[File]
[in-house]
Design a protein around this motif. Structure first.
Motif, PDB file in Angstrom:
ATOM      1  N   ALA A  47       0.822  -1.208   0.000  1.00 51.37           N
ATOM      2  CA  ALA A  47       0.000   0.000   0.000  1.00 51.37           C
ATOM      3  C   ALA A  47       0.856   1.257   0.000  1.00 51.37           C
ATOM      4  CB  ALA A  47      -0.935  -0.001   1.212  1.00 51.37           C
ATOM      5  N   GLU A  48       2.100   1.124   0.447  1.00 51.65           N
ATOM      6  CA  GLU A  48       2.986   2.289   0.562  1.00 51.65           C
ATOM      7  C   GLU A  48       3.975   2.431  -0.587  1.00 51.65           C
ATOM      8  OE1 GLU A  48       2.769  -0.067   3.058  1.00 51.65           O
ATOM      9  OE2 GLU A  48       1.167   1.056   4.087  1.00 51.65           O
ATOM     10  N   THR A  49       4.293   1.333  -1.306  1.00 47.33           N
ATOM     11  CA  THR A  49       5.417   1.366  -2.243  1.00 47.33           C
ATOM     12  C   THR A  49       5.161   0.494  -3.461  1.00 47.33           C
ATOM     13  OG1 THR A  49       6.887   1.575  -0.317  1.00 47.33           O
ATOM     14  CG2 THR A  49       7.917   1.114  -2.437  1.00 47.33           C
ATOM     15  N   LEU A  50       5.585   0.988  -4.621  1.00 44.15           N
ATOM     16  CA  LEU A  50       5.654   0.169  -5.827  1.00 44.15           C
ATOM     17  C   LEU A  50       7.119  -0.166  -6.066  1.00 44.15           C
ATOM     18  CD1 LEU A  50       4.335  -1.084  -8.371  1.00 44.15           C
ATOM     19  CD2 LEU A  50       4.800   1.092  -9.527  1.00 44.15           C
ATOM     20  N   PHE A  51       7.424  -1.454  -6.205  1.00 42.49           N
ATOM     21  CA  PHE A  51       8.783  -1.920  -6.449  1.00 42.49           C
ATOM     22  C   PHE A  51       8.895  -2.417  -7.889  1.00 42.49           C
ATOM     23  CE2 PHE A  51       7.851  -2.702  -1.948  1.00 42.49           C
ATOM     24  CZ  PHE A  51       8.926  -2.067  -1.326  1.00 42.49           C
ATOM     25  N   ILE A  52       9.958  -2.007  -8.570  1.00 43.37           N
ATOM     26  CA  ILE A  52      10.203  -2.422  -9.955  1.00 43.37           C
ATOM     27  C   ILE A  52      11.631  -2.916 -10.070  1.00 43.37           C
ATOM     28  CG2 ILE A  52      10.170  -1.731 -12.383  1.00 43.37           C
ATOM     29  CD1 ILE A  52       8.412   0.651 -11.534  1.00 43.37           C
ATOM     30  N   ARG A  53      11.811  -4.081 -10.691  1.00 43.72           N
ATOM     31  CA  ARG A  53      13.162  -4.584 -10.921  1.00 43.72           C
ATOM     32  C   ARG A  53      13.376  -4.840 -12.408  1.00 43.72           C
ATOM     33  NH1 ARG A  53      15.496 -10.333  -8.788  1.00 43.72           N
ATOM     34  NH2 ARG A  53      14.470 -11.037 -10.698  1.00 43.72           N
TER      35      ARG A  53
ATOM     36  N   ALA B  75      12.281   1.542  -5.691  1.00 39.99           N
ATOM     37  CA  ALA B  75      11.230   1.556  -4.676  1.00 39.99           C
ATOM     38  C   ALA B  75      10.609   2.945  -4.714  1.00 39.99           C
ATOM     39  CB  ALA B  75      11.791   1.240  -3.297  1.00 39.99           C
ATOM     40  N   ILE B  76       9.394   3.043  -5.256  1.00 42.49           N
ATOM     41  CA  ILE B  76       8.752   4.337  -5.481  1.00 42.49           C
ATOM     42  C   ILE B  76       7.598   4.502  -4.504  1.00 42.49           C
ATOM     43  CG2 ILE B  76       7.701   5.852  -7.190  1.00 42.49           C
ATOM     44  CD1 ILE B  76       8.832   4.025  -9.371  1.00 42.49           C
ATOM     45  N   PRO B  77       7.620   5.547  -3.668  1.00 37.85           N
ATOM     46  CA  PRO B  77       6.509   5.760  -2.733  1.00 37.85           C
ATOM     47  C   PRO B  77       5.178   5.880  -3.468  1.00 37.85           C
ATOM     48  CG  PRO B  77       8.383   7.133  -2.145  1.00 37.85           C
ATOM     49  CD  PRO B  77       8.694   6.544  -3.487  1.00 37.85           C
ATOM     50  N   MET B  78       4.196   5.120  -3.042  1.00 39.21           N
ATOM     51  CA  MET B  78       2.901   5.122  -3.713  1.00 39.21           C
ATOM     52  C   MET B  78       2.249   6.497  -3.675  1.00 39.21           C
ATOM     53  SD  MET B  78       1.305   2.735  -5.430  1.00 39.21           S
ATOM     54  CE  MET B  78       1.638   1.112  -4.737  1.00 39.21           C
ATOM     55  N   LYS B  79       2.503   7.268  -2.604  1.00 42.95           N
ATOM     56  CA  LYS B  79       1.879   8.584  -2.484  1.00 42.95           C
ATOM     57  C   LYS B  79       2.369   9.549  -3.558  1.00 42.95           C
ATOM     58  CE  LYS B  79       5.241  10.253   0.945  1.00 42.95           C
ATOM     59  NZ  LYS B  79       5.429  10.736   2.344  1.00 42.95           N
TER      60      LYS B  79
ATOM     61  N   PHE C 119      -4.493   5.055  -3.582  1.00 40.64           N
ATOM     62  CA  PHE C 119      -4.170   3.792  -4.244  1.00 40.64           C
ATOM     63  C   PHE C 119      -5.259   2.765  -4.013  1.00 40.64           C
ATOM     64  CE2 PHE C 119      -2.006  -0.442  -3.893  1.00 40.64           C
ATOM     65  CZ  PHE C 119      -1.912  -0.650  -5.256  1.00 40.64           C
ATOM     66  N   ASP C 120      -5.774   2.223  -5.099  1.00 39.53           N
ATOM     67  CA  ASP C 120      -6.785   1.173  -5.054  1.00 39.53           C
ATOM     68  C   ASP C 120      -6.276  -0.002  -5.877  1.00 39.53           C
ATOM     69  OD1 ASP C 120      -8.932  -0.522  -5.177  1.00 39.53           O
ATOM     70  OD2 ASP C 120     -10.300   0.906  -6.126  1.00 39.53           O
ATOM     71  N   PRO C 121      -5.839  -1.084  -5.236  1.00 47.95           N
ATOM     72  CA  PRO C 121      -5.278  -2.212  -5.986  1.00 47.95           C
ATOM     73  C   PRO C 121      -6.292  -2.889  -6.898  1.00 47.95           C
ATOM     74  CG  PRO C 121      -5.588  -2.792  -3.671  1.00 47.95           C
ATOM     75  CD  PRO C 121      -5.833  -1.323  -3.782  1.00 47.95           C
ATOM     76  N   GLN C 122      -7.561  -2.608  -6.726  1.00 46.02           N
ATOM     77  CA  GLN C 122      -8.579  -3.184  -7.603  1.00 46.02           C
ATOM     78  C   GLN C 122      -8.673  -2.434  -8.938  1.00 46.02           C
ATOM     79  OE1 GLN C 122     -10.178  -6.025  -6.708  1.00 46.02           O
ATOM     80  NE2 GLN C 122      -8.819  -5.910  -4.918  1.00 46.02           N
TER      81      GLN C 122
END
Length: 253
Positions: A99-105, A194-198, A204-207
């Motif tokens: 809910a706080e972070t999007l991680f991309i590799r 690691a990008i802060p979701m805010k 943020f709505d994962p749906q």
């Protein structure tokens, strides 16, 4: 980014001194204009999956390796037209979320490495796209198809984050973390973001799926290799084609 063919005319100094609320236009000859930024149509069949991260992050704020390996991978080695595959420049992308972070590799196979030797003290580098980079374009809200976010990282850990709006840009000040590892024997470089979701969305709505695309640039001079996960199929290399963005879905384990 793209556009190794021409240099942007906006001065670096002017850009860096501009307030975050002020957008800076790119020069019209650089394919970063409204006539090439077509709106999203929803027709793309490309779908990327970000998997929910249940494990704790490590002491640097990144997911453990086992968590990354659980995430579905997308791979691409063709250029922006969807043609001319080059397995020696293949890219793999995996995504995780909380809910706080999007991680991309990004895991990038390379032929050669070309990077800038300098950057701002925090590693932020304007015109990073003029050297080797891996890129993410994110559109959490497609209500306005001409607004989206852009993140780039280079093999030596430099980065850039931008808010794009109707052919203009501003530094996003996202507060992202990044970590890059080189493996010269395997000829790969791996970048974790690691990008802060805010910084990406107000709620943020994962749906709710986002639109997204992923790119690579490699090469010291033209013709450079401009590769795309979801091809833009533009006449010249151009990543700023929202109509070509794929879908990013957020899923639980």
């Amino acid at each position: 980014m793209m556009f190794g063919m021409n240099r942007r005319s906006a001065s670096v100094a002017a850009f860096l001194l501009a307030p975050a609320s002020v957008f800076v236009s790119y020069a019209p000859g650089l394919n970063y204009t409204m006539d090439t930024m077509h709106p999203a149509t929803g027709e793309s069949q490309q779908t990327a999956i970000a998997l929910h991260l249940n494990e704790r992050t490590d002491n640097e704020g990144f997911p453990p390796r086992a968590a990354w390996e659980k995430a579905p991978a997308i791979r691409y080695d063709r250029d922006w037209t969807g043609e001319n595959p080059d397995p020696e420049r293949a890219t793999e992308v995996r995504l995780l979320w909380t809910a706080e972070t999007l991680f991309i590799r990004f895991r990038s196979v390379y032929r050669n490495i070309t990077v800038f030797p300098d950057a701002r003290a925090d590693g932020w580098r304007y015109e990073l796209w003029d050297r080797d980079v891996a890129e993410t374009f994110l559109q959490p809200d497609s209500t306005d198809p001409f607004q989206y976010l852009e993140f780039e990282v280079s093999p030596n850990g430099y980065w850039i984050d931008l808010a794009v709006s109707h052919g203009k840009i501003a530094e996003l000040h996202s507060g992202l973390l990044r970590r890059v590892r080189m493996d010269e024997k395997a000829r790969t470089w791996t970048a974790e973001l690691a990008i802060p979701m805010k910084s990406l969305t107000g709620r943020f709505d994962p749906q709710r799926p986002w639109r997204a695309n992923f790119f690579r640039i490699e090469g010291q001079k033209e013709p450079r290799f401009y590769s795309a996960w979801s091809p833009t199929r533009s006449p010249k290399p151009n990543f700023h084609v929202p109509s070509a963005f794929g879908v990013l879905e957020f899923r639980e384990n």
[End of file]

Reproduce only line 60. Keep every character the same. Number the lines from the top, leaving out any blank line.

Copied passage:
ATOM     57  C   LYS B  79       2.369   9.549  -3.558  1.00 42.95           C